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By Charles Welch

Quite apart from Biblical usage, the word "walk" means not only "to go afoot" but a manner of life. We speak of a student "walking the hospital", of a certain "walk of life", or of the "higher walks of art and science".

Five words are translated "walk" in the New Testament, peripateo, poreuo, stoicheo, dierchomai and orthopodeo. The second word means "transport" and the third, which occurs but once, namely in Romans 4:12, "to proceed in order". It is with peripateo that we are chiefly concerned. In one reference the compound emperipateo is used of God, "I will dwell in them, and walk in them" (2 Cor. 6:16), where it is evident that fellowship is intended, even as it is in such a passage as that of Amos 3:3 "Can two walk together, except they be agreed?" The fourth word means to come, pass or go through, and the fifth is found in Galatians 2:14, orthopodeo, "to foot it straight", "to walk uprightly". While each one of these words makes its contribution, the burden of teaching falls on the word peripateo. The Old Testament usage of the word "walk" in such phrases as "wall in My statutes", "walk in the law of the Lord", "walk after other gods", is found in Mark 7:5;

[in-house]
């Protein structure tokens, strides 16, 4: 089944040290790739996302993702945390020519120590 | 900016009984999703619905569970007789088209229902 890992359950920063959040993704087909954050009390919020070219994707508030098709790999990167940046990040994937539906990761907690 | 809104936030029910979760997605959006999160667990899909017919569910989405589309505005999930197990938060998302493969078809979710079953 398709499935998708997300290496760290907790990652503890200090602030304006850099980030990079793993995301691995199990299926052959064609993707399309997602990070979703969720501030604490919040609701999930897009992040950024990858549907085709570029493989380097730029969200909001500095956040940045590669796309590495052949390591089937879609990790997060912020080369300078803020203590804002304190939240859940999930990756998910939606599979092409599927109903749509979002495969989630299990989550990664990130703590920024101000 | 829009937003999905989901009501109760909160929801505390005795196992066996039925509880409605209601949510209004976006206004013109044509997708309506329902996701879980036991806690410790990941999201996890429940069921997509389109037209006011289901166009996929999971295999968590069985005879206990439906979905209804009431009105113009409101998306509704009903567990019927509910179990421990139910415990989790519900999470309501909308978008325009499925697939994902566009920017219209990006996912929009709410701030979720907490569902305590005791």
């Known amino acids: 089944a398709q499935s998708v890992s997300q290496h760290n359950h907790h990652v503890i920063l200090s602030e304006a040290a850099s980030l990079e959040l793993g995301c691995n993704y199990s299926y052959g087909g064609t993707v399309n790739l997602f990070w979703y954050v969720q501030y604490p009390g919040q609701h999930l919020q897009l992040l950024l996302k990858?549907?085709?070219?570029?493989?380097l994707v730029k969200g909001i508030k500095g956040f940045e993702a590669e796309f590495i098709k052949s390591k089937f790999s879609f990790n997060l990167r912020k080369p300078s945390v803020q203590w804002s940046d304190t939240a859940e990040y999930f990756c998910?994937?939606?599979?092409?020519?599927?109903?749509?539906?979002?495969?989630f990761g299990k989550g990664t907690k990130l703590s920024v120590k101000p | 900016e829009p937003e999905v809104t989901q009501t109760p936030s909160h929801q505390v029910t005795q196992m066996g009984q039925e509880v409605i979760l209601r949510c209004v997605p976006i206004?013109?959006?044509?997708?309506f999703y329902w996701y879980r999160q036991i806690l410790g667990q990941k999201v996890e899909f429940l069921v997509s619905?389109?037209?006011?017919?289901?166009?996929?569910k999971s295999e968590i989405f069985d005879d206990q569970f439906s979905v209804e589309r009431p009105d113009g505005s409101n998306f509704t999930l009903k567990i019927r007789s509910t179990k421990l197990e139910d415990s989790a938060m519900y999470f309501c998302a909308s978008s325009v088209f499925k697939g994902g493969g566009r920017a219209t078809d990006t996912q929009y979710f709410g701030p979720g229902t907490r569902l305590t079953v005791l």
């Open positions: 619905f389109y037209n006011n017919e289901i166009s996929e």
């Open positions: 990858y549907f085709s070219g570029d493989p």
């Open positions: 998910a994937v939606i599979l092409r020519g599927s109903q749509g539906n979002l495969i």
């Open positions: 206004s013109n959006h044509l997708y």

"Then the Pharisees and scribes asked Him, Why walk no Thy disciples according to the tradition of the elders, but eat bread with unwashen hands?"

No incongruity is felt in speaking of a "walk" that is to do wit "eating" bread with unwashen "hands", the word obvious] meaning a way or manner of life, a custom, an observance. 1 the Gospel of John, when some of the disciples turned awe from the Lord's teaching, saying "This is an hard saying; wt. can hear it?" we read "From that time many of His disciples went back, and walked no more with Him" (John 6:60,66). The other references speak of walking in darkness, in the day and the night (John 8:12; 11:9,10; 12:35). In the Acts, the char laid against Paul, among other things, was that he taught t people not to walk after the customs and observances of the is (Acts 21:21). When we come to the epistles, however, we find t word in its full use. There are forty-two occurrences of "walk" and every one, except 1 Corinthians 7:17, 2 Corinthians 10:3, has a spiritual meaning.

"Walk in newness of life" (Rom. 6:4).

"Walk not after the flesh, but after the spirit" (Rom. 8:4).

"Walk honestly, as in the day, not in rioting" etc. (Rom. 13:13).

"Now walkest thou not charitably" (Rom. 14:15).

Here, walk in newness of life is expanded and explained by the references that follow. It will NOT be after the flesh, it will NOT be in rioting and drunkenness, it will NOT be in a self pleasing that is not according to love. It will be "in the spirit", it will be "honestly", it will be "as in the day". This expansion of the theme is obvious. We have elaborated these opening examples, but leave the reader to ponder the remaining references as before the Lord.